GCAS y Cassiopeiae stars

- These are rapidly rotating B III-IVe stars with mass outflow from their equatorial zones. The formation of

'Cassiopeia, a queen, was married to King Cepheus.

equatorial rings or disks is often accompanied by temporary fading. Light amplitudes may reach ยก".'5 in V. GCVS

y Cas was the first star in which the B[e] phenomenon, the appearance of one emission line at one epoch within the spectrum, was observed in 1866.s An emission line arises from hot gas in an equatorial ring, shell or cloud surrounding the star. The B(e] stars should not be confused with, or mistaken for, the y Cas group of stars and so care must be taken when distinguishing between the two types. As you probably suspect, distinguishing between B[e] and y Cas stars is not easy.

Essentially, the difference between B[e] stars and y Cas stars is that light variability is attributed to a shell or disk surrounding the y Cas stars (Figure 3.2), whereas for B[e] stars, light variations are not necessarily related to shell events and in some cases the variations are quasi-periodic. In y Cas stars, this shell of ejected material produces a P Cygni feature that is the hallmark of the circumstellar envelope.

The P Cygni characteristic, a spectral line having a redward displaced emission component with one or

Observation

Key lAr Bright stars

Small amplitudes Short periods 0> CCD or PEP

Figure 3.2. Artist's impression of a ( type variable star showing the disk of material surrounding star. Copyright: Gerry Good.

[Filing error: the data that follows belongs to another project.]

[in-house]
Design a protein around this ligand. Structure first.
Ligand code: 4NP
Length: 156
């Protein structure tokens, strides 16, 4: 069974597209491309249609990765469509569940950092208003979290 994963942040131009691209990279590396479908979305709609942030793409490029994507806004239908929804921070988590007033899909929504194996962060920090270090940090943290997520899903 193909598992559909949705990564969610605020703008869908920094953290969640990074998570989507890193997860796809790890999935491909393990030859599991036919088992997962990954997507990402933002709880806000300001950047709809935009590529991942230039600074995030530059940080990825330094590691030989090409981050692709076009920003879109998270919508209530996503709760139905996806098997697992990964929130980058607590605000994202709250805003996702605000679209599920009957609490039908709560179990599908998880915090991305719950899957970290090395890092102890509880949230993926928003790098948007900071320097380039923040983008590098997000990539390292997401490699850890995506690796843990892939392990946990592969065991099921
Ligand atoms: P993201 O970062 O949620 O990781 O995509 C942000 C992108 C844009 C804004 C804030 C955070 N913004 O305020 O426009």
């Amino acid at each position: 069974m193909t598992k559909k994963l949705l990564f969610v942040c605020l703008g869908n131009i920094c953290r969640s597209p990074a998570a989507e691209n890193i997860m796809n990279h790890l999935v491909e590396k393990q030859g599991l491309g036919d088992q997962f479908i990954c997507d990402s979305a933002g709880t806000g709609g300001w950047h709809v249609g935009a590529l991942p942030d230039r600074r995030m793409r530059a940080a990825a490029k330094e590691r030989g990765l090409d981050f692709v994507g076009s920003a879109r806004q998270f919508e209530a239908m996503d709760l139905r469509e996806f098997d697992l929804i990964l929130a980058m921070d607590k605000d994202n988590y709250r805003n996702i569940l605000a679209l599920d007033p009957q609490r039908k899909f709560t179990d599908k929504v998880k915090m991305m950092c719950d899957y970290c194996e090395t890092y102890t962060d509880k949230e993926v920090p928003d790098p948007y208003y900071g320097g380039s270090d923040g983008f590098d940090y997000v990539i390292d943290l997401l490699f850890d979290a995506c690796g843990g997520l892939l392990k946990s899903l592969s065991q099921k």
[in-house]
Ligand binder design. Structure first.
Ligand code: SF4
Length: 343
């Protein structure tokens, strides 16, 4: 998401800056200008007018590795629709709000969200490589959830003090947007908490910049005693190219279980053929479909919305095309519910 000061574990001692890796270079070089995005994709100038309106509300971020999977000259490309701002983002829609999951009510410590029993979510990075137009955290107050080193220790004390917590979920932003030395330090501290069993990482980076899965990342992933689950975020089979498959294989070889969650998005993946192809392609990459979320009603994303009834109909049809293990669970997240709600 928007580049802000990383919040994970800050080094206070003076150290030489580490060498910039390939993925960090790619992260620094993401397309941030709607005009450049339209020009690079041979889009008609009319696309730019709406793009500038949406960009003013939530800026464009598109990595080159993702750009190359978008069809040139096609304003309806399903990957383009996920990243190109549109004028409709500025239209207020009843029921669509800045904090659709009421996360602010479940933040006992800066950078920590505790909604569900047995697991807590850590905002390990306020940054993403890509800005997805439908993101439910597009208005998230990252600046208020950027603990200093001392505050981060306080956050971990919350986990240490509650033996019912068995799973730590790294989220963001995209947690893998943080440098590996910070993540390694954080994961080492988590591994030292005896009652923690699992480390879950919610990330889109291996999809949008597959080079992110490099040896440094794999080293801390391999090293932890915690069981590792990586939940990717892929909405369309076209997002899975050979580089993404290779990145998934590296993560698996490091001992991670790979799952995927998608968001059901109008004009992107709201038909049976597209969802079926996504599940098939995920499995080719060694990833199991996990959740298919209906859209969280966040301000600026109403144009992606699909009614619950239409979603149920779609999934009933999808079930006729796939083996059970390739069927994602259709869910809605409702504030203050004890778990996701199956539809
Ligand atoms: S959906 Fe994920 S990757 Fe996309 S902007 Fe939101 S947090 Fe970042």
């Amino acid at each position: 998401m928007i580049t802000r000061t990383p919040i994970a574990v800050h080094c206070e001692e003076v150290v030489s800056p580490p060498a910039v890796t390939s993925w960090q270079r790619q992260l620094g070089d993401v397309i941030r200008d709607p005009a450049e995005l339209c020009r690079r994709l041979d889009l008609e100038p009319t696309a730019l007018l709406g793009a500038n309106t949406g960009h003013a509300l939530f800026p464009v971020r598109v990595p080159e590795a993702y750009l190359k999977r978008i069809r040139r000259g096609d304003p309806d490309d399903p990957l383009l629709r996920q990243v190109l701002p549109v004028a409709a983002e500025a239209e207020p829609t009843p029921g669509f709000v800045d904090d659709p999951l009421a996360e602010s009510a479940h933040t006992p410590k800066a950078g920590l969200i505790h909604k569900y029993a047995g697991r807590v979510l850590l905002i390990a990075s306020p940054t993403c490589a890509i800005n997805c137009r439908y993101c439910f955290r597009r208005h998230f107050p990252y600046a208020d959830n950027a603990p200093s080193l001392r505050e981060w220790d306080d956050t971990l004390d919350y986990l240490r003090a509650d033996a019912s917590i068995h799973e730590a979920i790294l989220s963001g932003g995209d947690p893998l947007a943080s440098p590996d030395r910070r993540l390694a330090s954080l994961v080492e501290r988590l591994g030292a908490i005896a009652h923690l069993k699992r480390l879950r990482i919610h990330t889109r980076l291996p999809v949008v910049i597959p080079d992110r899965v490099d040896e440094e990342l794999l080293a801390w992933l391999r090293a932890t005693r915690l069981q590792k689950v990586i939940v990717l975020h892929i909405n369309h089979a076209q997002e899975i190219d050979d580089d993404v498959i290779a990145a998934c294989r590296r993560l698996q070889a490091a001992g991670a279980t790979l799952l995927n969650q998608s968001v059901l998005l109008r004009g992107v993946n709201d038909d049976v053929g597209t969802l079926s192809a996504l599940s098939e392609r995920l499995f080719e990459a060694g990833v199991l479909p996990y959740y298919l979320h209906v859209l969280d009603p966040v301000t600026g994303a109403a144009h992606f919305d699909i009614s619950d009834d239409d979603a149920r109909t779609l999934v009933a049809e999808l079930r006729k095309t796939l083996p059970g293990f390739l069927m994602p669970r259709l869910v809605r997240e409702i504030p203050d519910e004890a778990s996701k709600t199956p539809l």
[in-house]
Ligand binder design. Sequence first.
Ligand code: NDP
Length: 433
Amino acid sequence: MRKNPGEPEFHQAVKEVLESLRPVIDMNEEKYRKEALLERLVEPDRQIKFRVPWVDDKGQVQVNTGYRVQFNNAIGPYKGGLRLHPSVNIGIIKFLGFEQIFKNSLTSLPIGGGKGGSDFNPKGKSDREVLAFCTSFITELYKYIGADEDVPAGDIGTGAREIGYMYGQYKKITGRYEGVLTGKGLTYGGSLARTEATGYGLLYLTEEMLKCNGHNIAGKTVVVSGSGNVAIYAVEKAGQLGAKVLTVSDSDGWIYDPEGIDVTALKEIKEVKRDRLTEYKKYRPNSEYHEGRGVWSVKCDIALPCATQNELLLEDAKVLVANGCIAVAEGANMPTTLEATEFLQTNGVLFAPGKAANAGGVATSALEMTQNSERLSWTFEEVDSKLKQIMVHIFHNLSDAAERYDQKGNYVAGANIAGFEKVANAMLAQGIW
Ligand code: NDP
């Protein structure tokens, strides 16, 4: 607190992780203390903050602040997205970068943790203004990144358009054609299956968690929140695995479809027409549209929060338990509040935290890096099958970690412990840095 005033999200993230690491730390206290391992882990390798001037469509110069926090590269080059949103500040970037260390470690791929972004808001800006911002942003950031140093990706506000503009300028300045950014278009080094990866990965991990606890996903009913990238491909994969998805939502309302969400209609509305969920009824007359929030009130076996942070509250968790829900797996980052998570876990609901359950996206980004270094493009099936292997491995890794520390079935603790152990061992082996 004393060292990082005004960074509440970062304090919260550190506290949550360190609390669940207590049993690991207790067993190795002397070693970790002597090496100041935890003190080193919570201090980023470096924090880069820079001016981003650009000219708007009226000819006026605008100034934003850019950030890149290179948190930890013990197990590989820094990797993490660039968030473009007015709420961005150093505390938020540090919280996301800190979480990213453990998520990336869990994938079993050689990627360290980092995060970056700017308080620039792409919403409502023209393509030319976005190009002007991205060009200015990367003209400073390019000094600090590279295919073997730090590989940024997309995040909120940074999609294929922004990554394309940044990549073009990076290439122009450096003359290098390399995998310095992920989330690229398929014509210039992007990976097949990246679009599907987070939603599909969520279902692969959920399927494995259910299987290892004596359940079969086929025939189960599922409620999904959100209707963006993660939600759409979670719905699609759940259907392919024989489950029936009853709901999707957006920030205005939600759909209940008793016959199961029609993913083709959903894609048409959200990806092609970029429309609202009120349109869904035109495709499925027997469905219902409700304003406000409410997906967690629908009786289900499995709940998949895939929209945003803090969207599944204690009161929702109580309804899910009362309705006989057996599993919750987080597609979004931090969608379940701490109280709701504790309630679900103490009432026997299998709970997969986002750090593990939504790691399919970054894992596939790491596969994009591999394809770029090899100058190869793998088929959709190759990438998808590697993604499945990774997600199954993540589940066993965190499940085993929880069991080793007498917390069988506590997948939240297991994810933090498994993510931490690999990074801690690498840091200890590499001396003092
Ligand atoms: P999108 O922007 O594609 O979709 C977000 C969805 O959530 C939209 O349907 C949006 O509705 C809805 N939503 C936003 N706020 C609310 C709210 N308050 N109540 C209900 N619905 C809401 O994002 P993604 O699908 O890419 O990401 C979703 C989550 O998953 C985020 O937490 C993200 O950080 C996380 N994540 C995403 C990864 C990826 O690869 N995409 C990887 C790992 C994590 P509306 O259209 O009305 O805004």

8By Pietro Angelo Secchi (1818-78), Italian Jesuit priest and astrophysicist.

more blueward displaced absorption components, is the result of one or more expanding gas envelopes surrounding the star and is named for the first star observed to display this particular line structure. The intensity of the P Cygni characteristic varies inversely with the rate of mass flow from the star. This distinction is beyond the abilities of most amateurs to detect, so a search of the literature will be necessary when compiling a list of observation targets. Be forewarned, no elaborated system of classification for B[e] variables exists and when a B[e] variable cannot be readily described as a y Cas star, it is simply classed as a B[e] star. As a result, pay particular attention to the study of individual stars since their classification may change as new data is made available.

These variable stars can be interesting to observe but they do require a patient, long-term approach if you wish to extract any valuable information from them. As with B[e] stars, y Cas stars are receiving increased interest from within the amateur community. There are almost 160 y Cas stars found within the GCVS.

Observation Key

Mixed stars Mixed amplitudes Mixed periods <S> Visuol, CCD/PEP

0 0

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